I will start by highlighting a few key themes followed by Rick and Gerald giving you more details. Specifically, I will summarize why we missed expectations in Q4, the solid state of our core businesses, the challenges we face in the wholesale channel of our outerwear business, and then conclude with a few comments concerning our renewed focus on cash flow and debt reduction.

First, we clearly missed our Q4 guidance due to an unexpected sales short fall. Operating profits missed proportionately and while EPS didn’t miss quite as much we find that little consolation. What happened was relatively simple, into early November both our retail sell through rates and retailer order pace was tracking to our expectations. However, in December while our sell through rates remained in line with our expectations the order pace from retailers slowed substantially as they became rather nervous about mounting inventories throughout their apparel departments. As retailers began to markdown and clear out their cold weather apparel we expect the order pace to return to normal and equal our sell through rates.

The December short fall aside, we achieved much in 2011. We instituted multiple double digit price increases, managed unprecedented inflation, and completed the build out of our global supply chain. With all that, we recorded record sales, record operating margins, record EPS, and reduced long term debt to a record low $1.8 billion.

Notably, our core business worked quite well. We implemented three price increases and competitors have followed. Elasticity was within our expectations and price gaps are now closing to what we believe are appropriate long term levels. Both male underwear and socks increased sales and profit in 2011, a trend we expect to continue in 2012. I am very proud of the hard work and dedication of our teams to make 2011 a record year.

Now, let me comment on our single biggest challenge in 2012 which is in our outerwear segment. As a reminder, outerwear is comprised of both active wear and casual wear products that we sell to both retailers and wholesalers. A portion of the wholesale channel is where we’re having issues. For simplicity, we refer to this as image wear. It’s here where we are seeing the impact of a hyper competitive pricing environment.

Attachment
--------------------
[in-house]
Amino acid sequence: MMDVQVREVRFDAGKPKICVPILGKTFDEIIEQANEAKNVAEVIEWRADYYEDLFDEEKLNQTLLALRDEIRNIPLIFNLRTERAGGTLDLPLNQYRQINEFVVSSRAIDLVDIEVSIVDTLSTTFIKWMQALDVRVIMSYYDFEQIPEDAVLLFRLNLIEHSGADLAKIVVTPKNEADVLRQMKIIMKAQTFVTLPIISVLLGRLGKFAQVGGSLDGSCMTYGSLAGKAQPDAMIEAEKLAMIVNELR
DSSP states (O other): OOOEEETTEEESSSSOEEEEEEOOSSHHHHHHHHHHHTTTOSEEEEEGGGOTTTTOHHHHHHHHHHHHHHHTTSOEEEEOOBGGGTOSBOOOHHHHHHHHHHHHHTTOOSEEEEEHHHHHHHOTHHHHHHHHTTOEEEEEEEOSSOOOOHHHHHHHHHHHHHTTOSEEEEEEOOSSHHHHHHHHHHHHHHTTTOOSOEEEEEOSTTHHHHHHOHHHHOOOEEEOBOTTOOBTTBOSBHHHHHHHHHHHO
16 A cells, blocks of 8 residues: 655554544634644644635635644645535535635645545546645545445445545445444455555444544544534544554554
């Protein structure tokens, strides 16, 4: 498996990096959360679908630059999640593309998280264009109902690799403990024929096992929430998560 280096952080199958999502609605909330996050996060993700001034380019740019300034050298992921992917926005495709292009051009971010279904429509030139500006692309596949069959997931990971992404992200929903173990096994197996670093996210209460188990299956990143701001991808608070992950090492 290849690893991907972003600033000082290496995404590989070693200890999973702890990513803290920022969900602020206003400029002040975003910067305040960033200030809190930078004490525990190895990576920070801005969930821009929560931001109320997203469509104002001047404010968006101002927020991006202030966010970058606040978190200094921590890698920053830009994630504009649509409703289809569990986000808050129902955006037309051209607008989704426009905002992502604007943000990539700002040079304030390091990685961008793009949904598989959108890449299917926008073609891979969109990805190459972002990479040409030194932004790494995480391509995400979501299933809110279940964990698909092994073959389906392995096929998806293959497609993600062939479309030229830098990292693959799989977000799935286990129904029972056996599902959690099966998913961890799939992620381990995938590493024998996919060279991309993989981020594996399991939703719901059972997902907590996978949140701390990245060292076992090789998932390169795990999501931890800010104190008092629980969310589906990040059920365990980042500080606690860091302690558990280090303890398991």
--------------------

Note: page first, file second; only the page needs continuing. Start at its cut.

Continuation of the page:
While small, in 2011 image wear performed well growing sales to 8% of the company with double digit operating margins. However, things changed in the fourth quarter. The two largest suppliers began fighting for unit share especially in the most promotionally driven sectors of this channel. This fight led to rapid price declines just as the industry was facing the highest cotton costs in history unfortunately creating a perfect storm.

Our strategy is to maintain the premium and core sectors where pricing is reasonable for the go forward price of cotton but deemphasize the highly price sensitive promotional sector and let units and sales fall. For us, this is a business model decision because we are all about brands. As we make this transition, image sales will be smaller but we believe we’ll be more profitable and less volatile.

Despite the relative size of image wear sales, this perfect storm is substantially impacting our 2012 profit results leading to our EPS guidance of $2.50 to $2.60. The rest of the business will be dampened somewhat by inflation but for the full year it should grow both sales and profits. Both the image wear issue and inflation substantially impact our margins in Q1 causing a loss.